On Mon, 21 Apr 2008 22:24:35 BST Charles Forsyth wrote:
    > > must not buffer data indefinitely, and (2) MUST set the
    > > PSH bit in the last buffered segment (i.e., when there
    > > is no more queued data to be sent).
    > >
    > > The implication is that the "preceding segment" to a pkt with
    > > no data *will have* PSH set.

    >
    > so does the implementation do that?


    Do you mean plan9 after the change? The traces I looked at
    seem to do that. Others certainly seem to do that.

    > can you prove it in all cases?


    Not in the formal sense. Not enough free time or incentive.

    > what will break if we just change it without knowing?
    > after all, it has been 15 years to come across a botched receiver's implement
    > ation
    > of PSH (ie, godaddy's) which is the only reason to change it.
    > that's what i was pointing out. i could do the work myself, i suppose, but i
    > haven't got the incentive.


    I understand your concern about possibly breaking things with
    this change. It should certainly be tested more thoroughly
    but since the change brings Plan9 behavior more in line with
    what *BSD/Linux/Windows do I am not as apprehensive as you
    are.

    > >here you have to be compatible with existing
    > >implementations as far as possible (in order to maximize
    > >interoperability).

    >
    > i suspect arguments like that caused the current situation with HTML, CSS and
    > Javascript.
    > computing is needlessly regressing.


    May be. Somehow this makes me think of E W Dijkstra :-)


  7. Re: [9fans] telnet vs. godaddy whois

    On Mon, 21 Apr 2008 17:49:35 EDT erik quanstrom wrote:
    > > I meant this:
    > > /* Pull out data to send */
    > > bp = nil;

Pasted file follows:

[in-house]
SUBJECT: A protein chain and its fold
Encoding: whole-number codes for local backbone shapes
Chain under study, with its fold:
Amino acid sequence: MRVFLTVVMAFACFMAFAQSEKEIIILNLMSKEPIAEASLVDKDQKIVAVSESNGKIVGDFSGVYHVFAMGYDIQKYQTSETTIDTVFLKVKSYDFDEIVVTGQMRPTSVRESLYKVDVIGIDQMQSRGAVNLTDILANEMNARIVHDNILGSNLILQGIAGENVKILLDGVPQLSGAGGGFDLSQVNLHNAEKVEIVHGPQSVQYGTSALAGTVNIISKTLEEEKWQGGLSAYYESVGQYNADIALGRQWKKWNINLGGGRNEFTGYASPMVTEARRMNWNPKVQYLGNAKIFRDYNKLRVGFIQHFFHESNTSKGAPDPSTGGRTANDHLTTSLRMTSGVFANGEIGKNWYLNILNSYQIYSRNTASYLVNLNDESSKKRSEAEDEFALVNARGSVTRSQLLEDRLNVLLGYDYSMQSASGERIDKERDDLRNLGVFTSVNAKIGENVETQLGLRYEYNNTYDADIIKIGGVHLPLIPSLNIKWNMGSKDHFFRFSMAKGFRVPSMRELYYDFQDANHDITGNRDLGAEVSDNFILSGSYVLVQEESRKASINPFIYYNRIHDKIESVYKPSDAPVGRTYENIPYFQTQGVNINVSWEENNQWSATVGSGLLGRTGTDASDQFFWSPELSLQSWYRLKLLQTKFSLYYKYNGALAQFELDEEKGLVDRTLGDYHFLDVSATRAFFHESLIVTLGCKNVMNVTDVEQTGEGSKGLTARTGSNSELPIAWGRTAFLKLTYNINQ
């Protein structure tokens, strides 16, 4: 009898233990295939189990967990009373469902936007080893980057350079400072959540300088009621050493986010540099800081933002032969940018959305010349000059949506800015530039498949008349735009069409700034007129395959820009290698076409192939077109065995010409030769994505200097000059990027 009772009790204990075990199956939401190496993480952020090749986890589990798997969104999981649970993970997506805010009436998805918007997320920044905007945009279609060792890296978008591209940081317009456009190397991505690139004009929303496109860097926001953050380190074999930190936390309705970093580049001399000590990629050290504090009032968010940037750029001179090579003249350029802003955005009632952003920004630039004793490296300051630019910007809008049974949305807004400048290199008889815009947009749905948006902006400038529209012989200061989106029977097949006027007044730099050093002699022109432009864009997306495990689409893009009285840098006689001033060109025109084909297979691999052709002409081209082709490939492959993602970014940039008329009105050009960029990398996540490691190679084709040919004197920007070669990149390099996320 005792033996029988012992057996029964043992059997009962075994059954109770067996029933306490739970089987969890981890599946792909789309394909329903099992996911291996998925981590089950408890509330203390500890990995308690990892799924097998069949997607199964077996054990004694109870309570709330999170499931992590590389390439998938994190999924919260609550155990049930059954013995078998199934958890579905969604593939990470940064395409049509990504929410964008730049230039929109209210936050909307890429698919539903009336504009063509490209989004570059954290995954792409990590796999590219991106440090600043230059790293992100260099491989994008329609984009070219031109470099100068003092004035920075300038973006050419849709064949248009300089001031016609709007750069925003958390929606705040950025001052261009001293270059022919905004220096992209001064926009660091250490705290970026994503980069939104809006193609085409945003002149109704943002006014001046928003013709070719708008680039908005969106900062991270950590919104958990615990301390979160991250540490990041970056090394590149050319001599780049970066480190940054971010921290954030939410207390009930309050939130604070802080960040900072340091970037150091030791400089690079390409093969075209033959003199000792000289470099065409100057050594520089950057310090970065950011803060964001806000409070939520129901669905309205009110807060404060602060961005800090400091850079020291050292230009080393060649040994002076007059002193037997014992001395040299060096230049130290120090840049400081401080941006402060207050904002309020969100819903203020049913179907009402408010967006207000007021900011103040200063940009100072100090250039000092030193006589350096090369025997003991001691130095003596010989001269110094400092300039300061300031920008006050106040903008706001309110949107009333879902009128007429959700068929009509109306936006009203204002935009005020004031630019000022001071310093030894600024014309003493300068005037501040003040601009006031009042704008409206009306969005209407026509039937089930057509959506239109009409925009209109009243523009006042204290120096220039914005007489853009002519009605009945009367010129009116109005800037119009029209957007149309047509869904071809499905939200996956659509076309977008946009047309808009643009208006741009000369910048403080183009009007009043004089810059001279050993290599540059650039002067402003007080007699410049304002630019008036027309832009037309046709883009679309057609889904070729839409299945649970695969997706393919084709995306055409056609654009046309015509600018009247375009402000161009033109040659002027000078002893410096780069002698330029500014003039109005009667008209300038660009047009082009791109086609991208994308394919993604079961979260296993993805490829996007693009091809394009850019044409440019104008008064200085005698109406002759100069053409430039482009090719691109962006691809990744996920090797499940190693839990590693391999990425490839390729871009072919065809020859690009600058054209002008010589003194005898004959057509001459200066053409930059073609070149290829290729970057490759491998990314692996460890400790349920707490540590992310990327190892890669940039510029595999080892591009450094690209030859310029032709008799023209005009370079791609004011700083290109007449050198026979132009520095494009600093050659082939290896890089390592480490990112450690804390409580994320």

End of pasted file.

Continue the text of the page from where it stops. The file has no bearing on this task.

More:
> > if(dsize != 0) {
    > > bp = qcopy(s->wq, dsize, sent);
    > > if(BLEN(bp) != dsize) {
    > > seg.flags |= FIN;
    > > dsize--;
    > > }
    > > if(sent+dsize == sndcnt)
    > > seg.flags |= PSH;
    > > }
    > >
    > > Seems clearer to me. And equivalent! I have been running
    > > with this change since last Thursday. I don't stress my plan9
    > > machine all that much but replica pulls, ftp, web browsing,
    > > nfs etc. have worked fine.

    >
    > i think they are not equivalent with these values
    >
    > BLEN(bp) != dsize
    > dsize == 1
    > sent+0 == sndcnt


    I don't think all three conditions can be true. dsize is set
    to ssize, ssize is initialized to sndcnt - sent and after
    that it can only decrease. So if dsize is 1, sndcnt - send
    must be at least 1.


  8. Re: [9fans] telnet vs. godaddy whois

    having looked again at ip/tcp.c i think the code wasn't really intending
    to resolve one of the stalled receiver cases i had in mind, although it happens to do so,
    so changing it probably doesn't mess up some original intent.

    mind you, one lesson i take from all this is that in retrospect one could expect
    just about anything from a server run by a company like godaddy that
    completely misses the point about black leather jackets. (they look
    cool only if you don't scribble adverts all over them.)



+ Reply to Thread
Page 3 of 3 FirstFirst 1 2 3